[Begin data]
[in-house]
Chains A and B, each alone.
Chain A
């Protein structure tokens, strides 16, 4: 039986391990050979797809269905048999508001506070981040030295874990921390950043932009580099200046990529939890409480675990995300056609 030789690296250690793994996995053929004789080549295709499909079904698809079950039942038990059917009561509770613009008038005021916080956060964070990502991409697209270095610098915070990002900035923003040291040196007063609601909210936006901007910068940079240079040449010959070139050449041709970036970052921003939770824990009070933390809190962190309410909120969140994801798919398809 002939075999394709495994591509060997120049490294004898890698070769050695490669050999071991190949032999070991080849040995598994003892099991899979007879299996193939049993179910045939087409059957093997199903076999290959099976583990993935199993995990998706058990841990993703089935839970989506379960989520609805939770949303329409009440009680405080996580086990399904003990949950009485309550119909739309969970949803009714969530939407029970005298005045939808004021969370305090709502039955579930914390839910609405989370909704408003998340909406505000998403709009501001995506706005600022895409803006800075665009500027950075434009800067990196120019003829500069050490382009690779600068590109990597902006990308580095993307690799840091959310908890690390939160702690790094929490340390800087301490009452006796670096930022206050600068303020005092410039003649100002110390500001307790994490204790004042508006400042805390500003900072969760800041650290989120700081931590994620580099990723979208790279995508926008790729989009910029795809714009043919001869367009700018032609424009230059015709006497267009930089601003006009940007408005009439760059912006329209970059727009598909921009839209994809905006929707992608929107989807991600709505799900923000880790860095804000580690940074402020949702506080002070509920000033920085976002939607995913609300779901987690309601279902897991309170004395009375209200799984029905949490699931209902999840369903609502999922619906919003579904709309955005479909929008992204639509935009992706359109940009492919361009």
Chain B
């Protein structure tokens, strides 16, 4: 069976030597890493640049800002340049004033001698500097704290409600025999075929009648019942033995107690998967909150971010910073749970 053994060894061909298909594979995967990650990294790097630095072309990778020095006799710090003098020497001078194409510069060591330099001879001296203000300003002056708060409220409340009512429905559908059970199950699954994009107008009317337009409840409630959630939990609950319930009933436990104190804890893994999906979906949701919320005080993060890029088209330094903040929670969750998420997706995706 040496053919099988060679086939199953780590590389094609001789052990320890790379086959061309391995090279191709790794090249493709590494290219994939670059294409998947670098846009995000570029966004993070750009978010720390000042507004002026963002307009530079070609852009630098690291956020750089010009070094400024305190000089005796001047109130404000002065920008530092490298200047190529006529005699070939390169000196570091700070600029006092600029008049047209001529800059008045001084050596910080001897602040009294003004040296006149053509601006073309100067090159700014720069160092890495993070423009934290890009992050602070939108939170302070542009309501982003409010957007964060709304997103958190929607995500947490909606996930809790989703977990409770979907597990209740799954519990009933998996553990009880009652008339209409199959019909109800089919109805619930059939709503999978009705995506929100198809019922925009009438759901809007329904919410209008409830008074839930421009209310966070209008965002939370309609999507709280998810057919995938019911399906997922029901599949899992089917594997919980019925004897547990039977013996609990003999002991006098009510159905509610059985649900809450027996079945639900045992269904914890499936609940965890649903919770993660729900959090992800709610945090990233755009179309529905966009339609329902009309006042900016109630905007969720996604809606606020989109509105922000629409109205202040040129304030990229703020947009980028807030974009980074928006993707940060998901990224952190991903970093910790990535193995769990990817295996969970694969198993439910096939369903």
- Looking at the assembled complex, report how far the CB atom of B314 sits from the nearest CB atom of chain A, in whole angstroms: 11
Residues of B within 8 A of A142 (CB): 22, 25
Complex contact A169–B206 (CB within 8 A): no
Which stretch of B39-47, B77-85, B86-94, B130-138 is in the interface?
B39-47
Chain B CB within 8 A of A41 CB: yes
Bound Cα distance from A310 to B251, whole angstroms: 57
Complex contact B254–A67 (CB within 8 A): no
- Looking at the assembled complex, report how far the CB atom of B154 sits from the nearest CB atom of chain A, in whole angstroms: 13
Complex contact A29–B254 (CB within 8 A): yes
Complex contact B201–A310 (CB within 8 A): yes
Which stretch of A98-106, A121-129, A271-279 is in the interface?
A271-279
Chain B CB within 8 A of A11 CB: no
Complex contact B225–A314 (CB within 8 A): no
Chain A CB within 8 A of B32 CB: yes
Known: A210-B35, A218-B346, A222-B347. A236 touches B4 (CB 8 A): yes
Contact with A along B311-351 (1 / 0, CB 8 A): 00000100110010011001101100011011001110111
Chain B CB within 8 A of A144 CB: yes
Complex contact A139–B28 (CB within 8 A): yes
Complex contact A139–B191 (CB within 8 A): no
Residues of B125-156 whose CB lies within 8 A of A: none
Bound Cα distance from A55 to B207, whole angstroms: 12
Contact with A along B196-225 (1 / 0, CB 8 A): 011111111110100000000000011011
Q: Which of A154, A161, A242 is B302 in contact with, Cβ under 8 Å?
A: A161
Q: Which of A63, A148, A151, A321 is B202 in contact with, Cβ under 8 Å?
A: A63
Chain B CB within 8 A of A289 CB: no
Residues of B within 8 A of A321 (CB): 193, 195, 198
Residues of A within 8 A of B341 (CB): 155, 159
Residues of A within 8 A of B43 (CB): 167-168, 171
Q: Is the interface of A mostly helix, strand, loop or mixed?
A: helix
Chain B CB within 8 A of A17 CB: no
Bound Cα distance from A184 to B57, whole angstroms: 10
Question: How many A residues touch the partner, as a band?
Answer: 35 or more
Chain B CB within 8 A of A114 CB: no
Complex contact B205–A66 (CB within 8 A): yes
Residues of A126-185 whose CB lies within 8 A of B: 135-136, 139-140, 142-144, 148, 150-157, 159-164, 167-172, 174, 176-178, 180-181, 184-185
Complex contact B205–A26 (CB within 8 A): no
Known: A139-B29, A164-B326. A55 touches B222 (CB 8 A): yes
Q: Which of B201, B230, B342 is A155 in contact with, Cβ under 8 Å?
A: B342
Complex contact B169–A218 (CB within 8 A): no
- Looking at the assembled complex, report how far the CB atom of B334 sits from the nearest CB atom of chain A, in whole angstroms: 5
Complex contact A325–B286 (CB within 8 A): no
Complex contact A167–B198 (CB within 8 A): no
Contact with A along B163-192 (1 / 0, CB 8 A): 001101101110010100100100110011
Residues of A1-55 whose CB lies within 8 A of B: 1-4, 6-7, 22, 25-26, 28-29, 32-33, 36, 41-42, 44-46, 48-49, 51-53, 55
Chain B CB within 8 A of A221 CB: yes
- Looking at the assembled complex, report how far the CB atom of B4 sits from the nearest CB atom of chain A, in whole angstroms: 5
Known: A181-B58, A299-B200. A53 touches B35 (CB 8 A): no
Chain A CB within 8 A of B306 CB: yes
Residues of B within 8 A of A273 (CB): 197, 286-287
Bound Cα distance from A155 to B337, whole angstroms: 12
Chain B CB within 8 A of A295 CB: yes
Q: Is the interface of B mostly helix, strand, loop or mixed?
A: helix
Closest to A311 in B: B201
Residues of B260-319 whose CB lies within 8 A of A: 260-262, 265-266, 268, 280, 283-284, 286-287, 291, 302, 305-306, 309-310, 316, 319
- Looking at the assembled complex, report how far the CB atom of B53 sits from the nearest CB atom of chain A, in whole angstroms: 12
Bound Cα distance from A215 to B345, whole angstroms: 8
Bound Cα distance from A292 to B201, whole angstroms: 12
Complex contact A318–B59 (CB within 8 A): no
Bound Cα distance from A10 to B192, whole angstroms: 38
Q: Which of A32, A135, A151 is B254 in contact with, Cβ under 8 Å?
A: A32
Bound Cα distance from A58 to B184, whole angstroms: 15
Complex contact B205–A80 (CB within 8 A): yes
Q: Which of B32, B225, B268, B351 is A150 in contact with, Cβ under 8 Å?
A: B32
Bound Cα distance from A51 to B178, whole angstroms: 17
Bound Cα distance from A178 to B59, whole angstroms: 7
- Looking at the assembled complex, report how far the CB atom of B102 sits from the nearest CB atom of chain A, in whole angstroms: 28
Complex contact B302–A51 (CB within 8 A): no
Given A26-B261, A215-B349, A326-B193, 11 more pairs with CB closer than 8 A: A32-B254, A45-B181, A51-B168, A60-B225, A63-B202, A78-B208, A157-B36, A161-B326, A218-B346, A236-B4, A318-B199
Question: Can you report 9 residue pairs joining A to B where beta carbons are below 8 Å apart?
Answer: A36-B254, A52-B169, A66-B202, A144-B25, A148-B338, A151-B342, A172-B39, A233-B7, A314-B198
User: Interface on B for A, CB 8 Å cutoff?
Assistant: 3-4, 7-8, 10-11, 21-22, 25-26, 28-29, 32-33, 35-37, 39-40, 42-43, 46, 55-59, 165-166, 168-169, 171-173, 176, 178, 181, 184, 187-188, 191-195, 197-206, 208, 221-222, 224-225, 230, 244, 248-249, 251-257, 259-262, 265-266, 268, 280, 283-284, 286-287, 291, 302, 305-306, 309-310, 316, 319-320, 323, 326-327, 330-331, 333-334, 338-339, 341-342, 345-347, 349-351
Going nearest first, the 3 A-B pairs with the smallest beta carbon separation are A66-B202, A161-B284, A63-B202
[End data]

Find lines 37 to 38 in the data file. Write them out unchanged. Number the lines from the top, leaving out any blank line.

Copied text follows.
Residues of A within 8 A of B341 (CB): 155, 159
Residues of A within 8 A of B43 (CB): 167-168, 171